..and when the sun rises again tomorrow, we'll see how far we've come ...

..and when the sun rises again tomorrow, we'll see how far we've come ...

... just to remind myself why I'm doing this ...

Depending on our personalities, the world can be a crowded place or a very lonely one. For those who seek comfort in numbers, there is no shortage of hangers on, but for those who avoid that circus, keeping thier own counsel can leave them feeling quite alone and disengaged from the mad place we call home. Life is a trade off and most of us choose how we live it.

For me, I'd rather work things out as best I can, using my own thoughts and feelings to sort things out. Following the crowd has never been a temptation to me, but that has its price, one that I'm totally comfortable with every day I get to stand up and be the person I aspire to be. When I sometimes lose track of who that is, I come here to remember, to reconnect and to resume my quest.

These posts are a reflection of some of what matters to me and it's a privilege to have the opportunity to collect these thoughts as they form in my head, as they prepare the way for my life, as it evolves from one day to the next. They re-inspire me when things seem to be floating about, with no particular aim or purpose, and it does happen from time to time.

So, today I had these thoughts that I think are worth writing down for the future me to look back on when I need to ...

Thursday, April 24, 2014

masters of spin but... honestly?

(Honourable) Politics is about letting everybody think they're important and part of the process, while always doing what's right for as many as possible. What's wrong with that? ultimately nothing. But what is wrong, is pretending that politics is not what it is. Yet, politicians keep trying to dance like they've got 6 feet. They obfuscate, they redirect, they avoid, they keep using every trick they can think of to pretend what is never going to be the reality. It is in this context that I write the following commentary, in response to something I read in today's paper.

Regardless of the issue or the decision, the reasons supporting those decisions are just as important as the issue itself. It’s the reasons given that promote or erode the public confidence in our decision makers. It’s the reasons that tell us if our decision makers should even be making those decisions in the first place. It’s the reasons that we should use to judge their suitability for office when elections require us to choose the next council of decision makers. I believe forthrightness and consistency are among the important characteristics we should demand.
That brings me to the parking meter issue that has just been settled. Nevermind that council has wrongfully dragged the DBIA into the debate, or that the DBIA even fell for it; nevermind whether I agree or disagree with the decisions, nevermind that this see-saw decision-making keeps reversing earlier decisions, the underlying and now over-riding “reason” given has been articulated by the Deputy Mayor as quoted in your article in Thursday’s Northumberland Today. He states “The people who are paying for parking in today’s environment are the taxpayers, not the motoring public. “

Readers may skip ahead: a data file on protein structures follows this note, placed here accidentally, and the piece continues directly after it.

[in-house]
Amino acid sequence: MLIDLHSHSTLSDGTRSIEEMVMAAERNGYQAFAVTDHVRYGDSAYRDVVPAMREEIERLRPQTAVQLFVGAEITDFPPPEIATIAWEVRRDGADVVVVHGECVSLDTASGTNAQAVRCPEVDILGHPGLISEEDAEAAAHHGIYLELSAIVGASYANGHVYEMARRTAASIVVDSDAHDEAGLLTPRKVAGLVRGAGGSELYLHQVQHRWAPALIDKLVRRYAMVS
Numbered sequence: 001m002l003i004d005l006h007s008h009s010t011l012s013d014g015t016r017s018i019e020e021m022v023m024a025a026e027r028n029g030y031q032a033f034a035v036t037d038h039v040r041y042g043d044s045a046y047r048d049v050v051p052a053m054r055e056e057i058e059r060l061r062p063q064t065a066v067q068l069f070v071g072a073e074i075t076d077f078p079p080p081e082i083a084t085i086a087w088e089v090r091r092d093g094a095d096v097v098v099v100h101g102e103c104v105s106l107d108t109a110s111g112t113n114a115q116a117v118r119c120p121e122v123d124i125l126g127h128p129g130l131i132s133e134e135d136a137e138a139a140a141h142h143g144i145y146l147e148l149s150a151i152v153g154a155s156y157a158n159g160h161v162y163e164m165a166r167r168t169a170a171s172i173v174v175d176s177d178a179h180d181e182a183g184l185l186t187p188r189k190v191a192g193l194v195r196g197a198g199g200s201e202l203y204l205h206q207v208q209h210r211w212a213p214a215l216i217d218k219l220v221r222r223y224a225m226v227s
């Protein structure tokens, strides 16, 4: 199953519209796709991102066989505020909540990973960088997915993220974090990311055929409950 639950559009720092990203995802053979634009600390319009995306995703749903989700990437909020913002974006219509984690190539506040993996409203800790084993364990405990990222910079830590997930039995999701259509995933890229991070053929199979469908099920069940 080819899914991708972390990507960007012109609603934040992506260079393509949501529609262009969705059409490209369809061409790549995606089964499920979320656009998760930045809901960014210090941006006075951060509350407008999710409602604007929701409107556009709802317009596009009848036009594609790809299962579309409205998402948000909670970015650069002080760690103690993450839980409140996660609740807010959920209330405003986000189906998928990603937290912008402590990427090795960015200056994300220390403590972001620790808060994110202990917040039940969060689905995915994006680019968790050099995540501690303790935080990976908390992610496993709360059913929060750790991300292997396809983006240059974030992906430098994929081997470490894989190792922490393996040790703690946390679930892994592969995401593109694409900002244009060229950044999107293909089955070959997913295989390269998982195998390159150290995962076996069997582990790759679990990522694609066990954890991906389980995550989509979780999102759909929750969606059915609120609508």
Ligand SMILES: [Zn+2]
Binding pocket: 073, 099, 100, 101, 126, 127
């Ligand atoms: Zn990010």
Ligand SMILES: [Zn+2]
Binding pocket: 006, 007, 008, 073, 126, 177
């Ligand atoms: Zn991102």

This may be so, but is this a unique situation or one that needs to be changed? Let’s look at another recent decision by the same decision makers, the dog park. Again, nevermind the issue nor the decision itself, but let’s focus on the reasons. The main reason offered in support of the decisions made are that it is an amenity, a facility for the public at large. Well, how many, or what percentage of our local taxpayers have care of animals that will use this facility? It is stated that there will be plenty of parking. I didn’t see any suggestion that there would be fees associated with the use of the park so it has to follow that the entire cost of creating, operating and maintaining this facility will be borne by the taxpayer, presumably the same taxpayer that’s now paying for the parking referred to by the Deputy Mayor. This inconsistency in arguing support for decisions is very disturbing and needs careful scrutiny. It may be late in the game, but every member of Council needs to be assessed with that same kind of scrutiny, particularly the ones who choose to reapply for their seats.
My point is, how do these two decisions and in particular the reasons given in their support, reconcile? How do you explain the huge disparity between them? How do we accept that such inconsistency in reasoning council decisions is understandable, supportable or even acceptable? I know that I refuse to accept such on-the-fly arguments in support of important decisions of Council. Some Councillors may feel unfairly criticized by this but they need to speak up if they disagree, and their open council discussions and their vote should reflect their opinions on every item. That’s how we decide if they should be part of the process when the time comes to choose the next decision makers.

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